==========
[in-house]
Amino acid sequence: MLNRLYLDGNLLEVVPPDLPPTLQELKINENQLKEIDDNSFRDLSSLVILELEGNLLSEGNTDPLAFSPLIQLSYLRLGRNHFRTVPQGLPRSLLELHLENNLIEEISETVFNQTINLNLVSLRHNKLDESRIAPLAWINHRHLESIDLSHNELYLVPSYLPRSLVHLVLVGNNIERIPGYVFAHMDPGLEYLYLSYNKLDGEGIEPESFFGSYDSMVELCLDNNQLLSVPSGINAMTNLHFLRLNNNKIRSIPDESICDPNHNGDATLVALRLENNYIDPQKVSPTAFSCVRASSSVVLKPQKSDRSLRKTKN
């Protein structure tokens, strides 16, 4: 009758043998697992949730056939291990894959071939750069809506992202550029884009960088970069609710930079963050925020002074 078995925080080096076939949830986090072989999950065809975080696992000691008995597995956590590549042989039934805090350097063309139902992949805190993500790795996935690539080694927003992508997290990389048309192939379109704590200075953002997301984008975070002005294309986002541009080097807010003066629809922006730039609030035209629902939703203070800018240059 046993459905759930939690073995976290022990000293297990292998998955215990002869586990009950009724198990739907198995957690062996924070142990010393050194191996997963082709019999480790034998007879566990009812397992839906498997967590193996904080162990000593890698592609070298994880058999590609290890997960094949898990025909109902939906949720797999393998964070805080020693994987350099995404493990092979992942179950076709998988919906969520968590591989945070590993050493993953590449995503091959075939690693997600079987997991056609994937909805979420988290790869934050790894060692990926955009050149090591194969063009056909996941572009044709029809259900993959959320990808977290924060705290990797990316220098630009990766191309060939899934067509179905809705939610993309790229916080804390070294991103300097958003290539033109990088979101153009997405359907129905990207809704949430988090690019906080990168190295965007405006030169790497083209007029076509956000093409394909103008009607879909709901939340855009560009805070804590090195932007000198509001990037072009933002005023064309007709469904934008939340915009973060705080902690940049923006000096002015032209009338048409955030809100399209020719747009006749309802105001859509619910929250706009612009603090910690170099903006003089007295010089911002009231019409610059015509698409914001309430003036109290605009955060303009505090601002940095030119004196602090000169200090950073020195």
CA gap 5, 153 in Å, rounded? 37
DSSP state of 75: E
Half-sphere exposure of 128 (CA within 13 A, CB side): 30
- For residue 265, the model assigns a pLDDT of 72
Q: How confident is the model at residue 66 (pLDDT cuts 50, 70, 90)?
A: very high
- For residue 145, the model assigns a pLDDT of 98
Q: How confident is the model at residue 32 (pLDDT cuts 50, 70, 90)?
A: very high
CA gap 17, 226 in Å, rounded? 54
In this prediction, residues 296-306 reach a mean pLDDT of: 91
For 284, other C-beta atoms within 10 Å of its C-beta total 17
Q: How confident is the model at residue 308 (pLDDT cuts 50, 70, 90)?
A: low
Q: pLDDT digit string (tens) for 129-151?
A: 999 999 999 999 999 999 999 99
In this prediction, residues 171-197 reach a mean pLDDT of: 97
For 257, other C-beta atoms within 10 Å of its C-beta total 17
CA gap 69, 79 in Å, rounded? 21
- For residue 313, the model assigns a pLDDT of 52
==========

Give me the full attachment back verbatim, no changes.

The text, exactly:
[in-house]
Amino acid sequence: MLNRLYLDGNLLEVVPPDLPPTLQELKINENQLKEIDDNSFRDLSSLVILELEGNLLSEGNTDPLAFSPLIQLSYLRLGRNHFRTVPQGLPRSLLELHLENNLIEEISETVFNQTINLNLVSLRHNKLDESRIAPLAWINHRHLESIDLSHNELYLVPSYLPRSLVHLVLVGNNIERIPGYVFAHMDPGLEYLYLSYNKLDGEGIEPESFFGSYDSMVELCLDNNQLLSVPSGINAMTNLHFLRLNNNKIRSIPDESICDPNHNGDATLVALRLENNYIDPQKVSPTAFSCVRASSSVVLKPQKSDRSLRKTKN
């Protein structure tokens, strides 16, 4: 009758043998697992949730056939291990894959071939750069809506992202550029884009960088970069609710930079963050925020002074 078995925080080096076939949830986090072989999950065809975080696992000691008995597995956590590549042989039934805090350097063309139902992949805190993500790795996935690539080694927003992508997290990389048309192939379109704590200075953002997301984008975070002005294309986002541009080097807010003066629809922006730039609030035209629902939703203070800018240059 046993459905759930939690073995976290022990000293297990292998998955215990002869586990009950009724198990739907198995957690062996924070142990010393050194191996997963082709019999480790034998007879566990009812397992839906498997967590193996904080162990000593890698592609070298994880058999590609290890997960094949898990025909109902939906949720797999393998964070805080020693994987350099995404493990092979992942179950076709998988919906969520968590591989945070590993050493993953590449995503091959075939690693997600079987997991056609994937909805979420988290790869934050790894060692990926955009050149090591194969063009056909996941572009044709029809259900993959959320990808977290924060705290990797990316220098630009990766191309060939899934067509179905809705939610993309790229916080804390070294991103300097958003290539033109990088979101153009997405359907129905990207809704949430988090690019906080990168190295965007405006030169790497083209007029076509956000093409394909103008009607879909709901939340855009560009805070804590090195932007000198509001990037072009933002005023064309007709469904934008939340915009973060705080902690940049923006000096002015032209009338048409955030809100399209020719747009006749309802105001859509619910929250706009612009603090910690170099903006003089007295010089911002009231019409610059015509698409914001309430003036109290605009955060303009505090601002940095030119004196602090000169200090950073020195």
CA gap 5, 153 in Å, rounded? 37
DSSP state of 75: E
Half-sphere exposure of 128 (CA within 13 A, CB side): 30
- For residue 265, the model assigns a pLDDT of 72
Q: How confident is the model at residue 66 (pLDDT cuts 50, 70, 90)?
A: very high
- For residue 145, the model assigns a pLDDT of 98
Q: How confident is the model at residue 32 (pLDDT cuts 50, 70, 90)?
A: very high
CA gap 17, 226 in Å, rounded? 54
In this prediction, residues 296-306 reach a mean pLDDT of: 91
For 284, other C-beta atoms within 10 Å of its C-beta total 17
Q: How confident is the model at residue 308 (pLDDT cuts 50, 70, 90)?
A: low
Q: pLDDT digit string (tens) for 129-151?
A: 999 999 999 999 999 999 999 99
In this prediction, residues 171-197 reach a mean pLDDT of: 97
For 257, other C-beta atoms within 10 Å of its C-beta total 17
CA gap 69, 79 in Å, rounded? 21
- For residue 313, the model assigns a pLDDT of 52